Don Antonio’s Sombrero

Hide Footnotes


“Don Antonio’s Sombrero,” Friend, Feb. 1998, 32

Don Antonio’s Sombrero

(A folktale)

For a [a man] thinketh in his heart, so is he (Prov. 23:7).

Don Antonio Manuel de Garcia was a short, round man with a tall opinion of himself. “I am the wealthiest man in all of San Pedro,” he would say. “Therefore, I am also the most important.”

Yet when he went out onto the calles (streets) of San Pedro, nobody gave him the attention he felt that he deserved.

“Perhaps if you thought more of others instead of yourself, you would gain the respect of the people,” his wife said gently.

Don Antonio did not listen. “Why, they pay more attention to that peasant, Juan Mendoza, than they do to me,” he grumbled.

His wife smiled. “Juan is a good man. He grinds corn for the old women of the pueblo, for their tortillas. He has a kind word for everyone, and you can always see him coming, because of that large sombrero he always wears.”

“Ahhhh, his sombrero!” Don Antonio ignored everything else she had said.

The next day he rode to the big city. When he returned, he was wearing a new sombrero—but what a sombrero! It had red tassels that bobbed as he trotted by, and a shadow so large that it kept both Don Antonio and his horse in shade from head to tail.

Villagers filled the calles as Don Antonio rode by. They stared in amazement.

He smiled and waved.

“At last the people see how important I am,” Don Antonio told his wife when he returned home.

She looked at the sombrero, shook her head, and said nothing.

For days Don Antonio went out whenever he could, enjoying the crowds that gathered at the sight of his unusual hat.

Soon, however, the novelty wore off. People saw him coming and merely murmured, “Buenos días (Good morning),” before returning to their tasks.

Don Antonio was not pleased.

“Why even Claudia Sanchez gets more attention than me,” he complained to his wife.

“Isn’t she the one who tutors the children after school?” she asked. “Even so, she has time to grow that magnificent garden—and shares what she grows with the less fortunate.”

“Ahhhh, a garden!”

The next day he rode into the big city. When he returned to San Pedro, people flocked to the calles again, their jaws dropped in amazement. Don Antonio was wearing the same sombrero, but now above the red tassels were piles of potatoes, cascades of corn, and bunches of bananas. It was a most amazing sight.

“At last they see how important I am,” he told his wife proudly.

She sighed and said nothing.

For a week Don Antonio basked in the attention of the village. However, his fame did not last. Soon people grew accustomed to his strange sombrero. They no longer gazed in awe as he rode through the calles, and he began to feel smaller and smaller beneath his enormous, heavy hat.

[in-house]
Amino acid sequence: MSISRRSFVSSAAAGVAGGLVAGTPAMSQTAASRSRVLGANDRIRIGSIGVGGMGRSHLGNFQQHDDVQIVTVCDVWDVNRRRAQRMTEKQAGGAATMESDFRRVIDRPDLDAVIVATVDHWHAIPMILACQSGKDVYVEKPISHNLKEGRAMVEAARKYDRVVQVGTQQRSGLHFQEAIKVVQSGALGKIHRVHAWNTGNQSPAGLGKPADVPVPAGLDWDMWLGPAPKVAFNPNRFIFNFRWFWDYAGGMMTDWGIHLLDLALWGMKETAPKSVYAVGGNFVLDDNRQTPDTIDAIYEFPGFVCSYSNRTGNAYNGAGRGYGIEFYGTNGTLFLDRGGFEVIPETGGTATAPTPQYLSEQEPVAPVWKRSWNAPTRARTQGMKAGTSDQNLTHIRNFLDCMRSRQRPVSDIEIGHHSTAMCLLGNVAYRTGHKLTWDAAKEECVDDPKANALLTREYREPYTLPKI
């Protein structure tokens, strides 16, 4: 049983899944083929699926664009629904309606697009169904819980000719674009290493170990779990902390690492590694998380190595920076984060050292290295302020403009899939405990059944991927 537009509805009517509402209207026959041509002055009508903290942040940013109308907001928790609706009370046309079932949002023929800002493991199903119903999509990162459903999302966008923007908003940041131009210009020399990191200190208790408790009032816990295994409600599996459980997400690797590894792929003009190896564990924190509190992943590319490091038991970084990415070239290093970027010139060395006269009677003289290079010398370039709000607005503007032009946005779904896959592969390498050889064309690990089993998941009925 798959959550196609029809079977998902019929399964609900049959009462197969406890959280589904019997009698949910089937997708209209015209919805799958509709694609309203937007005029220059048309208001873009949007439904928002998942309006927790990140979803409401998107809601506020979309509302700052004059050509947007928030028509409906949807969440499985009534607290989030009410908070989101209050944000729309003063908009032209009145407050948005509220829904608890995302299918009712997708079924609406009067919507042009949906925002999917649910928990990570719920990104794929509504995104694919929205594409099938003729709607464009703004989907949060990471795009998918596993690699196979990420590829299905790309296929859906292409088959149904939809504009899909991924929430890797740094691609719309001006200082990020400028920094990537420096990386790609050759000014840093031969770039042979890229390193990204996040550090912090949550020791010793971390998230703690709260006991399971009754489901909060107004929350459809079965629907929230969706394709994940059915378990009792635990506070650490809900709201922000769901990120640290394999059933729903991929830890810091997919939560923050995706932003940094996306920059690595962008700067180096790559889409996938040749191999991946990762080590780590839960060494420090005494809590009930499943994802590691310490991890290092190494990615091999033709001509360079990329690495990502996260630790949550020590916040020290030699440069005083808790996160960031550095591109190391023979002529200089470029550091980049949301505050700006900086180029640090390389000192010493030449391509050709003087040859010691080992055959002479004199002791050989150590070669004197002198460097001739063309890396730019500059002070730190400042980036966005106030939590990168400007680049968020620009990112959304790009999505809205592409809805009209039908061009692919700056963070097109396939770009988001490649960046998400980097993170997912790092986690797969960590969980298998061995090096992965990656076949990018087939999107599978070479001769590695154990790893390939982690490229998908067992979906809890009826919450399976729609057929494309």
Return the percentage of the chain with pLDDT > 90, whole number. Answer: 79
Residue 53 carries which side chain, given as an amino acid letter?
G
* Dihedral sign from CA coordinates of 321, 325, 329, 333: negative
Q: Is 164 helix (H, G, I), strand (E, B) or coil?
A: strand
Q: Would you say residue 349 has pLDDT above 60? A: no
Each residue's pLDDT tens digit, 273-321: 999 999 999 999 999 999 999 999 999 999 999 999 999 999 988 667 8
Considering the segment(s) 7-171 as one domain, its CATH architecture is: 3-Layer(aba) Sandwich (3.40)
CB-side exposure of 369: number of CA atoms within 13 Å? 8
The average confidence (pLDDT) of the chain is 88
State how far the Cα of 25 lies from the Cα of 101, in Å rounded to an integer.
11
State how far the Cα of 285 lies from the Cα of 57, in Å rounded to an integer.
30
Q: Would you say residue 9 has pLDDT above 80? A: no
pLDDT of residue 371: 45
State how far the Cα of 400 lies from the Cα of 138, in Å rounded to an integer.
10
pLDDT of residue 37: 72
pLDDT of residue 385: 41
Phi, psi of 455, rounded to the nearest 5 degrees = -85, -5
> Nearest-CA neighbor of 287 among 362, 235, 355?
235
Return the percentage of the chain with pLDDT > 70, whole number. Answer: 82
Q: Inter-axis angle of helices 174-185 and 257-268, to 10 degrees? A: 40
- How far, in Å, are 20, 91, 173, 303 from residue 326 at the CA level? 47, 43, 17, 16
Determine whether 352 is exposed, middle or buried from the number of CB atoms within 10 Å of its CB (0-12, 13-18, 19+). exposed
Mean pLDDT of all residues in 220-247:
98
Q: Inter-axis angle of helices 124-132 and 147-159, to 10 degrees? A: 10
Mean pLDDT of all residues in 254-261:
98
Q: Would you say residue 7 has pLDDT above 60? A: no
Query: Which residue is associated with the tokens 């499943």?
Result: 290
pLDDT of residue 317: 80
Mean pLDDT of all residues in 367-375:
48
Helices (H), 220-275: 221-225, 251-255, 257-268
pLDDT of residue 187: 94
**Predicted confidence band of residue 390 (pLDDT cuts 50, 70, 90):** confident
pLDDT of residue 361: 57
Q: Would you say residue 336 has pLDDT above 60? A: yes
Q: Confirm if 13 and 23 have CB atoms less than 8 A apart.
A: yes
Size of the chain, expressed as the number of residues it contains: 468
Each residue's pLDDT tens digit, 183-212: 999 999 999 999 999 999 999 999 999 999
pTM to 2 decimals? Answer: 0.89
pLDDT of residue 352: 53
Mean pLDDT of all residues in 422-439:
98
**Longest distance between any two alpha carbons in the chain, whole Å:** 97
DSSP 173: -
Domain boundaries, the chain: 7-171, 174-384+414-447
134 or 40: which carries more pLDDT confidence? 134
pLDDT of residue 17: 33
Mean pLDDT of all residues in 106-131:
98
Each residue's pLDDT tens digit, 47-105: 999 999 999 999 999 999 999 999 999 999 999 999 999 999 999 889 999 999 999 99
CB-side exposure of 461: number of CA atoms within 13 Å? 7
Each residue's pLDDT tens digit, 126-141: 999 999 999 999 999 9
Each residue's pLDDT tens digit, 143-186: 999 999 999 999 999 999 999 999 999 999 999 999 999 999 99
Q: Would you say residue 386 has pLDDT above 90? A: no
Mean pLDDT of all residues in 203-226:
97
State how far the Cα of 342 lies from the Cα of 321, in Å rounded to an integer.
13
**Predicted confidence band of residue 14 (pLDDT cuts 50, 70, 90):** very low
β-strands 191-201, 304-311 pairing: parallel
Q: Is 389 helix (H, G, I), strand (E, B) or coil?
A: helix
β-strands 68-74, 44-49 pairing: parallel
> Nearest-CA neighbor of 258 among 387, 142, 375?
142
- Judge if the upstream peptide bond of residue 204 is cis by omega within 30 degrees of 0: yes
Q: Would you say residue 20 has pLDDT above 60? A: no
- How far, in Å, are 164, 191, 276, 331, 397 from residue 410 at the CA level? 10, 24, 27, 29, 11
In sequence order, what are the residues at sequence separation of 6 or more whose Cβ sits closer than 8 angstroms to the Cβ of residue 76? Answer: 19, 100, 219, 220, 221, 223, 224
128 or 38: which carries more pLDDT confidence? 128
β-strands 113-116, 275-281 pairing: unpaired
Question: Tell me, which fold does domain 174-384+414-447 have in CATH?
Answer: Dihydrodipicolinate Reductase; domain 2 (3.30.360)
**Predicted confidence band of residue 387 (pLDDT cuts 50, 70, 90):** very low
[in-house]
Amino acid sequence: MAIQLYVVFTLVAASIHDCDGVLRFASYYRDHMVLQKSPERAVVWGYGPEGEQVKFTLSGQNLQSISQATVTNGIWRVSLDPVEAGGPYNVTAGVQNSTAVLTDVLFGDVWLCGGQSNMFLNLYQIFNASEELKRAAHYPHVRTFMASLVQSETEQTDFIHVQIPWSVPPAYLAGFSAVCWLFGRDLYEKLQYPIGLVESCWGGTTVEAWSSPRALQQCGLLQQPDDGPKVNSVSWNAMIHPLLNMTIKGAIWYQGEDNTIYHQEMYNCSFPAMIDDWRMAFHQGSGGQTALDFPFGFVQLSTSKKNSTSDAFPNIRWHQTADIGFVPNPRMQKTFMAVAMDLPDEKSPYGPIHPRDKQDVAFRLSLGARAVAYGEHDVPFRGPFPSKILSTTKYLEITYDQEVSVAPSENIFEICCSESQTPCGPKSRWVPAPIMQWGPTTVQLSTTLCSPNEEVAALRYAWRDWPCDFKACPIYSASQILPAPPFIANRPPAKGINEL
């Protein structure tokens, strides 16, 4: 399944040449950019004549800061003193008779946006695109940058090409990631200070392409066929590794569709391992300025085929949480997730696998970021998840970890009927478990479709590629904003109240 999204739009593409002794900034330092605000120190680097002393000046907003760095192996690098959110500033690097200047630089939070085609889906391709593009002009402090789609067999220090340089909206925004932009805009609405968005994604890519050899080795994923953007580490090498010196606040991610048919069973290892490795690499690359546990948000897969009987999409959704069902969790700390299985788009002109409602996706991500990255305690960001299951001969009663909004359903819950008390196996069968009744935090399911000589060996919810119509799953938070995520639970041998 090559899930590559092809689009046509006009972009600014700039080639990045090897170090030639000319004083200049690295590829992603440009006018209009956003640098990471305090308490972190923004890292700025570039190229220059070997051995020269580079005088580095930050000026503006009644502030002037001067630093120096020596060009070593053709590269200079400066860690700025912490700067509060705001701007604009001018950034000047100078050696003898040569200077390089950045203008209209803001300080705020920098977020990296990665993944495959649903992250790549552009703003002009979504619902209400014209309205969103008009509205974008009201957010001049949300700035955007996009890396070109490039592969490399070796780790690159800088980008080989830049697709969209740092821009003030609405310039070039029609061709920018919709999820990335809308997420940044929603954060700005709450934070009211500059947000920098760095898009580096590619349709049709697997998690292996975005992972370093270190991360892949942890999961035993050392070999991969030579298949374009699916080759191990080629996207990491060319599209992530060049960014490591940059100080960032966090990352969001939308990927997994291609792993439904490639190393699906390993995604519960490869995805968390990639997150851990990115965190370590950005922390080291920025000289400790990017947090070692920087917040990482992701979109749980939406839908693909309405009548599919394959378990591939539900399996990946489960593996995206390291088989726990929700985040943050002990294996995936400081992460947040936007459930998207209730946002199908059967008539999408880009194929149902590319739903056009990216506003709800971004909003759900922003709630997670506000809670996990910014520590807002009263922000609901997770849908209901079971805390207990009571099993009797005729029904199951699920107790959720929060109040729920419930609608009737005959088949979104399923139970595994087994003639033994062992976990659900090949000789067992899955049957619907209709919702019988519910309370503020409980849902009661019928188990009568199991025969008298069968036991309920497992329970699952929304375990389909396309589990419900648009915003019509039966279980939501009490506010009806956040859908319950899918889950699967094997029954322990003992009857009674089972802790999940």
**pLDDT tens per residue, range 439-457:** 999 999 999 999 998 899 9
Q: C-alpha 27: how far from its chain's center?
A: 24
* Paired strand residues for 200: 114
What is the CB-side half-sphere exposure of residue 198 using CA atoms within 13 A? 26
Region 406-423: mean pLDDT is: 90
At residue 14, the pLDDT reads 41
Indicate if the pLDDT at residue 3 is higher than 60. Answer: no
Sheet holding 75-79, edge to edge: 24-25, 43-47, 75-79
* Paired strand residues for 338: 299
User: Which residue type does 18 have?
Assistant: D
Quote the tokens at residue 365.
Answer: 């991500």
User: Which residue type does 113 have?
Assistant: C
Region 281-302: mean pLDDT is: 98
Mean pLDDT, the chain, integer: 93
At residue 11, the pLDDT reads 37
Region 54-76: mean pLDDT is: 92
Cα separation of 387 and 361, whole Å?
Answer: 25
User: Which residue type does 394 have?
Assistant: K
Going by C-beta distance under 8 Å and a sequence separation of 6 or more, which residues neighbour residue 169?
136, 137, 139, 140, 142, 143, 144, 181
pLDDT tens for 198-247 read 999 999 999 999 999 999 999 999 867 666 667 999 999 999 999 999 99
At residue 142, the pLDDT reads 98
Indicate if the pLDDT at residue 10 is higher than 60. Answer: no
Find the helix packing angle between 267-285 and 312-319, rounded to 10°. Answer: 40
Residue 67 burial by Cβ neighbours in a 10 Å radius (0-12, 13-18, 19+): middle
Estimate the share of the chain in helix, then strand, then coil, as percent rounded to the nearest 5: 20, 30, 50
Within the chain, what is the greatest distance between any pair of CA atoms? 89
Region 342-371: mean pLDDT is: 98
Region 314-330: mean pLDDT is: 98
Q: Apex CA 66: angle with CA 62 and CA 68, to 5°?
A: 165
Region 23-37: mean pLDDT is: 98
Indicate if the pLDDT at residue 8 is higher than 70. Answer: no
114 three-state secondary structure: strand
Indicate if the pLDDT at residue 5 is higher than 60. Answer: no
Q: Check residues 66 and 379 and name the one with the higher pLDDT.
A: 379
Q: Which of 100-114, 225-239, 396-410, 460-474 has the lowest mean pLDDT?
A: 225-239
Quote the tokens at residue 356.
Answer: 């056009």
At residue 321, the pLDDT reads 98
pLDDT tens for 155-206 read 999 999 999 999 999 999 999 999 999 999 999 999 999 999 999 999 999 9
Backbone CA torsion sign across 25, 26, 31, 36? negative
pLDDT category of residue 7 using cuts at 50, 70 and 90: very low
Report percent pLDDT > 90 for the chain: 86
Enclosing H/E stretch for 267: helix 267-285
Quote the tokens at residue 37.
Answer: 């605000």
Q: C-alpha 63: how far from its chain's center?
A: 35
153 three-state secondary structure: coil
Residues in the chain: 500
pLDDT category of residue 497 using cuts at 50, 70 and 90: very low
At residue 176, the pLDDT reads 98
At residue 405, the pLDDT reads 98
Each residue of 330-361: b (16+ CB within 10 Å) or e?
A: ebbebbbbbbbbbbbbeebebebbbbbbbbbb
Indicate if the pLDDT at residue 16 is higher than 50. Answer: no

“Why, they pay more attention to Carlos Ramirez than they do to me,” he complained to his wife.

“Ah, Carlos,” she replied. “Isn’t he the boy who carries water for half the women of the pueblo and never charges a peso for it? He sings in the church choir and has a parrot named Xiomara.”

“Ahhhh, a parrot!”

The next day he rode into the big city. As he returned to San Pedro, the people of the pueblo gathered to stare. His sombrero was still huge, with red tassels, and it still looked like a garden. But now four enormous parrots perched on the crown. Their tails dangled down over the sides of the sombrero, and they nibbled at the corn as they rode along.

It was a most unusual sight.

Don Antonio smiled as he rode through the crowd. At last they see how important I am, he thought proudly. But as he rode down the calle, enjoying the amazement of the crowd, he noticed that not everyone was watching him. Some of the children were playing a game.

He was angry. A man of his importance deserved the attention of everyone!

He waved his hands and shouted to make the children look at him.

The startled parrots fluttered from his hat. One landed on the horse’s head. The horse reared, and Don Antonio fell off—kersplash!—into a mud puddle nearly as large as his hat. The sombrero went rolling down the calle, scattering potatoes, corn, and bananas. The parrots winged their way to freedom.

The people of the pueblo sprang into action.

“Save the sombrero of Don Antonio Manuel de Garcia!” they shouted as they raced down the calle after the runaway hat. “Save that magnificent sombrero!”

Soon there was no one left but a short man sitting in a large mud puddle.

“Save Don Antonio Manuel de Garcia!” he cried, but nobody answered. So Don Antonio had to get himself out of the puddle and limp home with mud on his clothes and water in his boots.

“Even my sombrero is more important than I am,” he told his wife, sadly.

She looked at him and shook her head. “You’re the one who made the hat so important,” she pointed out. “If you spent as much time making friends as you did making a magnificent sombrero, you would not have been left alone in the calle. Never let what you wear become more important than what you are.”

For once, Don Antonio had nothing to say.

Illustrated by Julie F. Young